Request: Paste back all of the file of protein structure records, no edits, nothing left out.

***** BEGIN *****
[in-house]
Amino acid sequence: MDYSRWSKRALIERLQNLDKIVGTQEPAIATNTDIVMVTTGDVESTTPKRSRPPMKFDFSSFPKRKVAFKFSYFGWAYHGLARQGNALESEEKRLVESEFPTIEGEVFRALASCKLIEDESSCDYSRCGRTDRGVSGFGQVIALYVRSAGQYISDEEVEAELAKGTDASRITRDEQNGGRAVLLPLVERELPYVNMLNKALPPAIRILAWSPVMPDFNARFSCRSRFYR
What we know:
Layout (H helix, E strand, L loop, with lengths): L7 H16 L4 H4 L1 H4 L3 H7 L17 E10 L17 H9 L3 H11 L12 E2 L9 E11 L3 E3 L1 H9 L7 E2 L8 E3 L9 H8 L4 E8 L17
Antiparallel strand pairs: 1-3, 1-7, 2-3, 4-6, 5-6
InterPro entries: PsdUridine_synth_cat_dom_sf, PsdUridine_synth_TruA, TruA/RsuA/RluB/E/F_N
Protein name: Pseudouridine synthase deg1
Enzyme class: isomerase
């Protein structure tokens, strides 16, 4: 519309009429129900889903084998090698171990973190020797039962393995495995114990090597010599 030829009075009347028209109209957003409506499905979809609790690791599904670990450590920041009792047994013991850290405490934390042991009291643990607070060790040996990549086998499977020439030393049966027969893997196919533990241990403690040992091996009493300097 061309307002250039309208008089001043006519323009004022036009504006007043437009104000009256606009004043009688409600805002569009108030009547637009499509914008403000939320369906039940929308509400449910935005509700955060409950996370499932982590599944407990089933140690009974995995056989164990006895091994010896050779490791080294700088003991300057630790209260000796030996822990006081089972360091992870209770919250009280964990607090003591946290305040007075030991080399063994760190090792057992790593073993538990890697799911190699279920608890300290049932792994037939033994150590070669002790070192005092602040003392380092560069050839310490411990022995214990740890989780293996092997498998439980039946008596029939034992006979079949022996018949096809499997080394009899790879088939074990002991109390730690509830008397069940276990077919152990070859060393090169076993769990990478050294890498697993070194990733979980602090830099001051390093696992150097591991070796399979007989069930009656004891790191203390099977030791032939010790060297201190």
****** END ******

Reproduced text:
[in-house]
Amino acid sequence: MDYSRWSKRALIERLQNLDKIVGTQEPAIATNTDIVMVTTGDVESTTPKRSRPPMKFDFSSFPKRKVAFKFSYFGWAYHGLARQGNALESEEKRLVESEFPTIEGEVFRALASCKLIEDESSCDYSRCGRTDRGVSGFGQVIALYVRSAGQYISDEEVEAELAKGTDASRITRDEQNGGRAVLLPLVERELPYVNMLNKALPPAIRILAWSPVMPDFNARFSCRSRFYR
What we know:
Layout (H helix, E strand, L loop, with lengths): L7 H16 L4 H4 L1 H4 L3 H7 L17 E10 L17 H9 L3 H11 L12 E2 L9 E11 L3 E3 L1 H9 L7 E2 L8 E3 L9 H8 L4 E8 L17
Antiparallel strand pairs: 1-3, 1-7, 2-3, 4-6, 5-6
InterPro entries: PsdUridine_synth_cat_dom_sf, PsdUridine_synth_TruA, TruA/RsuA/RluB/E/F_N
Protein name: Pseudouridine synthase deg1
Enzyme class: isomerase
């Protein structure tokens, strides 16, 4: 519309009429129900889903084998090698171990973190020797039962393995495995114990090597010599 030829009075009347028209109209957003409506499905979809609790690791599904670990450590920041009792047994013991850290405490934390042991009291643990607070060790040996990549086998499977020439030393049966027969893997196919533990241990403690040992091996009493300097 061309307002250039309208008089001043006519323009004022036009504006007043437009104000009256606009004043009688409600805002569009108030009547637009499509914008403000939320369906039940929308509400449910935005509700955060409950996370499932982590599944407990089933140690009974995995056989164990006895091994010896050779490791080294700088003991300057630790209260000796030996822990006081089972360091992870209770919250009280964990607090003591946290305040007075030991080399063994760190090792057992790593073993538990890697799911190699279920608890300290049932792994037939033994150590070669002790070192005092602040003392380092560069050839310490411990022995214990740890989780293996092997498998439980039946008596029939034992006979079949022996018949096809499997080394009899790879088939074990002991109390730690509830008397069940276990077919152990070859060393090169076993769990990478050294890498697993070194990733979980602090830099001051390093696992150097591991070796399979007989069930009656004891790191203390099977030791032939010790060297201190």